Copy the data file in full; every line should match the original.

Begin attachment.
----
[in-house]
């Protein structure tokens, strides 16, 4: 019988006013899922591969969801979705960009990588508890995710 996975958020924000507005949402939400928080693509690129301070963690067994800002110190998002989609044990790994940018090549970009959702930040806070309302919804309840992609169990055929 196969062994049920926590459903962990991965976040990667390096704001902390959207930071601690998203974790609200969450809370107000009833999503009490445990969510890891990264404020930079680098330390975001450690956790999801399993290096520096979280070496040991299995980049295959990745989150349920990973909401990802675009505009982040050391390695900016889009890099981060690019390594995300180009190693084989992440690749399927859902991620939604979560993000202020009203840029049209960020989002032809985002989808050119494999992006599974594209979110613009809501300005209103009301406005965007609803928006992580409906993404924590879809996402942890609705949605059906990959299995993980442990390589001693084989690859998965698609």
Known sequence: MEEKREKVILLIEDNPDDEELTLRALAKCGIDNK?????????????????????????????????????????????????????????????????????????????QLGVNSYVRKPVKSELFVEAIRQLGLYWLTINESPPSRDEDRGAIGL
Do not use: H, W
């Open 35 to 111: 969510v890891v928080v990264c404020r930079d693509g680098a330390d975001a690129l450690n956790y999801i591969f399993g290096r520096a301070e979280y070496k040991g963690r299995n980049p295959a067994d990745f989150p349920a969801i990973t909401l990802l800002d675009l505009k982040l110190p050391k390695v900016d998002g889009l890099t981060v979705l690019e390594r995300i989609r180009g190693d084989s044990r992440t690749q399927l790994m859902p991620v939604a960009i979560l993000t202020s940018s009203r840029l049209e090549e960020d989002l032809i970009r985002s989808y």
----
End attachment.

[in-house]
């Protein structure tokens, strides 16, 4: 019988006013899922591969969801979705960009990588508890995710 996975958020924000507005949402939400928080693509690129301070963690067994800002110190998002989609044990790994940018090549970009959702930040806070309302919804309840992609169990055929 196969062994049920926590459903962990991965976040990667390096704001902390959207930071601690998203974790609200969450809370107000009833999503009490445990969510890891990264404020930079680098330390975001450690956790999801399993290096520096979280070496040991299995980049295959990745989150349920990973909401990802675009505009982040050391390695900016889009890099981060690019390594995300180009190693084989992440690749399927859902991620939604979560993000202020009203840029049209960020989002032809985002989808050119494999992006599974594209979110613009809501300005209103009301406005965007609803928006992580409906993404924590879809996402942890609705949605059906990959299995993980442990390589001693084989690859998965698609």
Known sequence: MEEKREKVILLIEDNPDDEELTLRALAKCGIDNK?????????????????????????????????????????????????????????????????????????????QLGVNSYVRKPVKSELFVEAIRQLGLYWLTINESPPSRDEDRGAIGL
Do not use: H, W
């Open 35 to 111: 969510v890891v928080v990264c404020r930079d693509g680098a330390d975001a690129l450690n956790y999801i591969f399993g290096r520096a301070e979280y070496k040991g963690r299995n980049p295959a067994d990745f989150p349920a969801i990973t909401l990802l800002d675009l505009k982040l110190p050391k390695v900016d998002g889009l890099t981060v979705l690019e390594r995300i989609r180009g190693d084989s044990r992440t690749q399927l790994m859902p991620v939604a960009i979560l993000t202020s940018s009203r840029l049209e090549e960020d989002l032809i970009r985002s989808y």